Cafe Society

The Cherry Cricket's Antonio Gorjoux on the day he nearly got fired, eating cow-eye tacos, and the secrets behind the Cricket burger

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Six words to describe your food: Fresh, flavorful, melt-in-your-mouth good, comforting, made-to-order and award-winning.

Ten words to describe you: Proud, strict, fair, hardworking, competitive, challenging, stubborn, leader and a team worker.

Culinary inspirations: Eli McGuire. She took ownership of the Cherry Cricket in 1990, and she taught me so, so much. She taught me to be proud of what I do, and that if I'm going to be in the kitchen, then would I eat the food I'm cooking, and if not, then I shouldn't serve it. We just passed the eleventh anniversary of her death.... Eli taught me a ton about being organized in the kitchen -- and to keep it that way -- and she taught me how important it is to be respectful. She also taught to me not to mix friendship with work, because, you know...firing a friend is never easy.

Greatest accomplishment as a chef: Bringing the Cherry Cricket's food up to par and watching our reputation rise on a national level. I've been here for fifteen years, and the percentage of our food sales was 32 to 35 percent of the weekly total sales when I first started. But now our food sales are an average of 70 percent of our weekly sales. The people who come here have heard about how good our hamburgers are, and Eli always taught me that it doesn't matter how expensive, or inexpensive, our ingredients are, they need to be good. I'm still cooking the way that she taught me to cook, and I can honestly say that we have the best hamburger in Denver. We get our meat in every day from Lombardi Brothers Meats, a local company, and it's ground fresh every day. There's nothing complicated about how we make them -- just salt and pepper -- but we actually do cook the patties at the temperature people want. The secret to our burgers is that we cook them as though we're the ones eating them. Every day on Sunday, my day off, I go out for lunch and dinner and compare myself to others. It's unavoidable.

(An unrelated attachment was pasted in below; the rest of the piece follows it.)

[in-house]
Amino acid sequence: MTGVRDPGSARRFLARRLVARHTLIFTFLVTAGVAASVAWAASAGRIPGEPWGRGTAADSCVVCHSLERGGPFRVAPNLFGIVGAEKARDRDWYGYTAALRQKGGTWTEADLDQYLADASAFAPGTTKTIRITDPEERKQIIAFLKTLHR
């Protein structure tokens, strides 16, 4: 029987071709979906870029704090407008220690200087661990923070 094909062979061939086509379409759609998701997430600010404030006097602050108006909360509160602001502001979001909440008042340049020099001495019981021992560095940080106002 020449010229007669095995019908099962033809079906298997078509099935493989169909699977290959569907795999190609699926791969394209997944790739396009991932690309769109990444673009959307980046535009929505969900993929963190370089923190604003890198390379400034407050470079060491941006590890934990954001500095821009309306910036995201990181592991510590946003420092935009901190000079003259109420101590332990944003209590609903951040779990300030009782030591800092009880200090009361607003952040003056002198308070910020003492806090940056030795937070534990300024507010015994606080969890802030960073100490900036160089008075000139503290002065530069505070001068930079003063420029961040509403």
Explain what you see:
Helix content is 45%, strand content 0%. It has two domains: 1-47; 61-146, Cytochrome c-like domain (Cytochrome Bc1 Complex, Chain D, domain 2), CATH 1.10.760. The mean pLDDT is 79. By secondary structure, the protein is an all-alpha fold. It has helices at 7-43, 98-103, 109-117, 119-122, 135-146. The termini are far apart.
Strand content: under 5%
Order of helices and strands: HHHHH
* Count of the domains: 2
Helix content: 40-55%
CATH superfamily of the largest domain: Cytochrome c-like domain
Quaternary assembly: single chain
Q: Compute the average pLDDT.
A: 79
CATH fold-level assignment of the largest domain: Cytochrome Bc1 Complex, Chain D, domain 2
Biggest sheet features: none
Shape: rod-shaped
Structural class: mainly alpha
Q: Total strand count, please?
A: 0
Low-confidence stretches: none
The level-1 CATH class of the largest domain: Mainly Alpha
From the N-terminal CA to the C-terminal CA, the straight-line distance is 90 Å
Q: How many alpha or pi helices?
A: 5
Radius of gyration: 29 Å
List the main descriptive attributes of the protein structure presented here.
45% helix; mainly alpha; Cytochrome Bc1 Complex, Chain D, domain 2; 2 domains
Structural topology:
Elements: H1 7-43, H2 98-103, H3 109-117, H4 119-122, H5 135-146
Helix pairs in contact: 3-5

Rules of conduct in your kitchen: First and foremost, if you won't eat it, don't serve it. I'm very strict about our food quality and the way the food is being put in the baskets. I hate it when the waxed paper is wrinkled or greasy. And whatever you do, don't burn anything -- it's one of my biggest pet peeves. I let the cooks play music in the kitchen, but only as background music. I'm also a proponent of first in-first out, and by that I mean that everything has to be labeled, and everyone needs to take a minute to read dates and labels to ensure everything is fresh. It makes me mad, too, when the line guys take shortcuts. If I need grilled onions, for example, then they need to be grilled -- not tossed in the fryer because it's faster.

What's never in your kitchen? Veggie burgers, tofu, dirty clothes or baseball caps, or crappy attitudes.

What's always in your kitchen? Beef, jokes, lots of paperwork to fill out, and music, which I always have to turn down.

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Lori Midson
Contact: Lori Midson